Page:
Dr. Clinton's Prescription : Can Politicians Take On Dr. Welby?

Steven D. Stark, who has written for the Atlantic Monthly, is a commentator for National Public Radio

Because the images of popular culture provide a mirror of public sentiment, they can tell us what Americans think about various issues and professions. President Bill Clinton's long- awaited health proposal is now before the public. According to many polls, Americans are eager to reform the mammoth system. Yet if the mythology created by Hollywood is to be believed, the task of comprehensive reform will be far more difficult than either surveys or critics have made it seem.

The reason is simple: From Edward G. Robinson's Dr. Ehrlich to Dr. Kildare, from Ben Casey to Marcus Welby, from Hawkeye to Dr. Westphall, from Doogie Howser to Trapper John, doctors are among Hollywood's most venerated icons. As early as 1911, D.W. Griffith set the tone in "The Country Doctor," where a physician's ill son dies because the doctor has selflessly left to treat another patient.

"Guardian of Birth . . . Healer of the Sick . . . Comforter of the Aged" was the way the hit '50s TV show "Medic" described doctors, ascribing to them qualities such as "the eye of an eagle, the heart of a lion and the hand of a woman."

Though the descriptions have been updated in the 40 years since to account for things such as the women's movement and a baby-boom sensibility, the basic depictions haven't changed much. Just watching today's likeable Joel Fleischman on "Northern Exposure" or the heroic Dr. Quinn on "Dr. Quinn, Medicine Woman." According to a 1991 survey of TV characters in "Watching America," doctors are among the most popular professionals on TV.

No one should be surprised that television and the movies have always been drawn to the medical profession. Its dramas take place in a fairly controlled setting that is easy to film. Medical stories present dramatic "life-and-death" crises, an opportunity to show blood and a wide array of characters of both sexes. (In contrast, Westerns or adventure shows tend to be male-dominated.)

But what is unusual is the degree that TV and the movies almost always glorify the profession. Even in advertising, doctors lead a charmed life ("I'm not a doctor, but I do look like one and I'm here to tell you . . . . "). Though even cowboys have now found a critic in Clint Eastwood, we're still waiting for the TV show where Marcus Welby's patients wait an hour and a half, much less find he accidentally prescribed the wrong drug. With a few exceptions, doctors get even better treatment in popular culture than religious figures, which tells you who has become our new high priests in a secular age. Ever wonder why they called it "Saint Elsewhere?"

As for malpractice, it doesn't exist much in pop culture, except to be explained away as the necessary cost of doing good. As Dr. Gillespie put it on an episode of "Dr. Kildare," "Medicine isn't worth practicing if I have to stop myself because of legal risks. Until I am free to proceed on the basis of my knowledge and skill, I am not a doctor. I am a slave to outmoded laws." So much for Hollywood's attitude toward government regulation of medicine. (Maybe Hillary Rodham Clinton missed that episode).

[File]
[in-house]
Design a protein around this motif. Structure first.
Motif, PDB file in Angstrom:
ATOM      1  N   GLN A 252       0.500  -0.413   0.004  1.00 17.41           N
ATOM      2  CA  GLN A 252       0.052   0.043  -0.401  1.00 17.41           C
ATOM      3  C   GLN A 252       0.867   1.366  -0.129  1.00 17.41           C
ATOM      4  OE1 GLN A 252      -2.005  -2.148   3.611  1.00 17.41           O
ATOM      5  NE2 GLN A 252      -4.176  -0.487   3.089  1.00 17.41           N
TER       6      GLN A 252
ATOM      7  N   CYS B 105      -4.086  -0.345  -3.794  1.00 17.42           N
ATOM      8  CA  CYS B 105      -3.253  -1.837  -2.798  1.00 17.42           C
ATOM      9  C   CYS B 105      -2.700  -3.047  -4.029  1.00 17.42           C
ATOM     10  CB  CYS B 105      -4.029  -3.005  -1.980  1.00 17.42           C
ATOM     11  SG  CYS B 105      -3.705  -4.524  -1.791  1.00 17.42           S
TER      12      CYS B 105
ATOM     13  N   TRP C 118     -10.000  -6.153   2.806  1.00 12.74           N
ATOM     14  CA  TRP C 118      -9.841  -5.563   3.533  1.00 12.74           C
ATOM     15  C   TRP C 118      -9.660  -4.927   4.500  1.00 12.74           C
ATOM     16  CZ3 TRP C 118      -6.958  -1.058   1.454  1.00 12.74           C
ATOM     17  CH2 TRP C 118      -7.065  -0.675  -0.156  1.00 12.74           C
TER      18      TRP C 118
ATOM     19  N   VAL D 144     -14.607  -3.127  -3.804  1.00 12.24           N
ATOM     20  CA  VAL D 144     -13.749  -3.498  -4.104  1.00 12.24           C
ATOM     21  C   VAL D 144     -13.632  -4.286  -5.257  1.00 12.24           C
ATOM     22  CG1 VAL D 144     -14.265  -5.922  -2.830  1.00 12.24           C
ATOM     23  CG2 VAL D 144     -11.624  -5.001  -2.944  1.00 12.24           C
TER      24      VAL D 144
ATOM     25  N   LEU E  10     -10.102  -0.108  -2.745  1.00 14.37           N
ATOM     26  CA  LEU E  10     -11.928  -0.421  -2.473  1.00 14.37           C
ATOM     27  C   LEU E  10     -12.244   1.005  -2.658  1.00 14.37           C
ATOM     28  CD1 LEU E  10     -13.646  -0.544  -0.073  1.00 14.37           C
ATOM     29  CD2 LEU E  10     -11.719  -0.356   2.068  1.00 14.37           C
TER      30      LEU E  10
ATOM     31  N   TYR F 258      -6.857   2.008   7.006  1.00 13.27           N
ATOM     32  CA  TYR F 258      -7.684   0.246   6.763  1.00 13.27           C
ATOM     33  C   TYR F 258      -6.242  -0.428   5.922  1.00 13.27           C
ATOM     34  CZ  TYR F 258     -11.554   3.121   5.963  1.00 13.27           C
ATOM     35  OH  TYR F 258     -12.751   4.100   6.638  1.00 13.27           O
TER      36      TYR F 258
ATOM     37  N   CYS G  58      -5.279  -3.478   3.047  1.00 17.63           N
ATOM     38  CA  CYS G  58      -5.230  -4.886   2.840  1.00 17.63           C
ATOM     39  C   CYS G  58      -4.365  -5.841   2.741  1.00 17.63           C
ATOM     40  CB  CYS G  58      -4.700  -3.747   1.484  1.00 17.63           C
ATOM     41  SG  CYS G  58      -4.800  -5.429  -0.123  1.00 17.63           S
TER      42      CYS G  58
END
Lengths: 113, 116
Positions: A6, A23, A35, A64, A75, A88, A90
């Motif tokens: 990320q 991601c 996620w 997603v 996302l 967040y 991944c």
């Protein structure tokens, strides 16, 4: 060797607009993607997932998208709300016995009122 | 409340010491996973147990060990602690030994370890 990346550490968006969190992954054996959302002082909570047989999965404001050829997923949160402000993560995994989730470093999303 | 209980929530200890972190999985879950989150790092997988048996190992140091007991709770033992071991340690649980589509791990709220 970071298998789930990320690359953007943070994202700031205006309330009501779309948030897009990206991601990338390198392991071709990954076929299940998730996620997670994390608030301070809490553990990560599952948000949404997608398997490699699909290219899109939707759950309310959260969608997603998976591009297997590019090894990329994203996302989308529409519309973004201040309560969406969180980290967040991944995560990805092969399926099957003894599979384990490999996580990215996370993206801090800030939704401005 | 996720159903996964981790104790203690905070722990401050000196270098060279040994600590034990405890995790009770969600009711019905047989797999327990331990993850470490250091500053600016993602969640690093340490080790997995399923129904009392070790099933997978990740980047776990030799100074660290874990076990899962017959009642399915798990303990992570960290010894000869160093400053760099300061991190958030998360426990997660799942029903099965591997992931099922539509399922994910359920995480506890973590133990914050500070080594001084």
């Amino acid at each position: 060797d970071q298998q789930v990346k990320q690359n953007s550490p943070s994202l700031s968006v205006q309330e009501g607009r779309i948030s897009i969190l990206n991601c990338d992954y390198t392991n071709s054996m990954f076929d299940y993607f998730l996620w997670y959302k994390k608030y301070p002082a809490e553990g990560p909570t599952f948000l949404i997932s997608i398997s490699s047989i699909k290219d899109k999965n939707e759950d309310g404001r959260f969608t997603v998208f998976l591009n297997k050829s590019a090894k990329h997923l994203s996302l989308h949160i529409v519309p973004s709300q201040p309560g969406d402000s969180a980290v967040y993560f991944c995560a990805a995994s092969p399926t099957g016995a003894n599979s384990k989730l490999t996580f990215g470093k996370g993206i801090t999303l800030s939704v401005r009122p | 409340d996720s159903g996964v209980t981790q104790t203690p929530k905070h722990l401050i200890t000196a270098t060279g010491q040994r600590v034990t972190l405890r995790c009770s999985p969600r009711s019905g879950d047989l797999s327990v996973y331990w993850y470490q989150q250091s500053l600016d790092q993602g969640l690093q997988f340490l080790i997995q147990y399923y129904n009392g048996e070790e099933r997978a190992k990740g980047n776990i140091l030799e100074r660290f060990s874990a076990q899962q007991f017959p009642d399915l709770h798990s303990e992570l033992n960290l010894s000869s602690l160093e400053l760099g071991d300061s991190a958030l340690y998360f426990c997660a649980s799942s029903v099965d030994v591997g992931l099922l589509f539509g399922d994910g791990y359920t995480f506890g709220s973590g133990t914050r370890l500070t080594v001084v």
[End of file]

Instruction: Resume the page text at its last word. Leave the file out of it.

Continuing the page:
To be sure, doctors in popular culture tend to conform to unusual conventions that defy reality. Many are general practitioners in a small practice, and many work for the government in some capacity--Fleischman on "Northern Exposure;" the doctors on "M*A*S*H," and Chick Hennessey on "Hennessey."

Many are also younger physicians or interns in public hospitals, meaning they project an image of selfless service; they'll treat anybody, anywhere, anytime. House calls? On TV, doctors have been known to drive patients home and even clean their houses. After all, the biggest cliche line in medical dramas has never been, "Let's hit the golf course!" or "Get these hypochondriacs out of my office," but "You've been working for two days straight. Go home and get some rest."

It's true that pop-culture depictions of the medical profession have changed somewhat in recent years. There has been a spate of '90s anti-doctor films such as "Lorenzo's Oil," "The Doctor" and even "The Fugitive,"--which, with its Clinton-inspired revisions, somehow ends up blaming drug companies and greedy doctors for Dr. Richard Kimble's predicament. Yet even in those films, the fault often lies less with individual doctors than with a medical Establishment that has lost touch with patients.

Similarly, television depictions of doctors have changed over the years as the focus has shifted from the concerns of patients (as on "Marcus Welby") to those of the doctors themselves (as on "St. Elsewhere.") But that's primarily a reflection of a larger cultural shift. Today's pop-culture doctors may no longer respect their elders, as Steven Kiley did. They may be younger, more ambivalent about their role and more self-absorbed. But so are most heroes today.

Thus Clinton has a problem. These images don't exist in a vacuum; they have become part of our national consciousness. It's possible Clinton can frame his crusade as a fight against big business and bureaucracy, and win.

But it's not likely. Though Americans may sense something is amiss in our health-care system, their idealized visions of the medical profession are bound to get in the way of significant reform--particularly if doctors work to oppose these efforts. It's difficult to tamper with national myths: Just as no one would think of passing a law saying Mr. Smith can't go to Washington, it will be difficult to go after the medical profession.

Face it: There have been many great doctors in television and movies but it's hard to remember many great politicians. In a cultural clash between Clinton and Marcus Welby, Clinton gets the early headlines--but put your money on Welby. The doctor always knows best.

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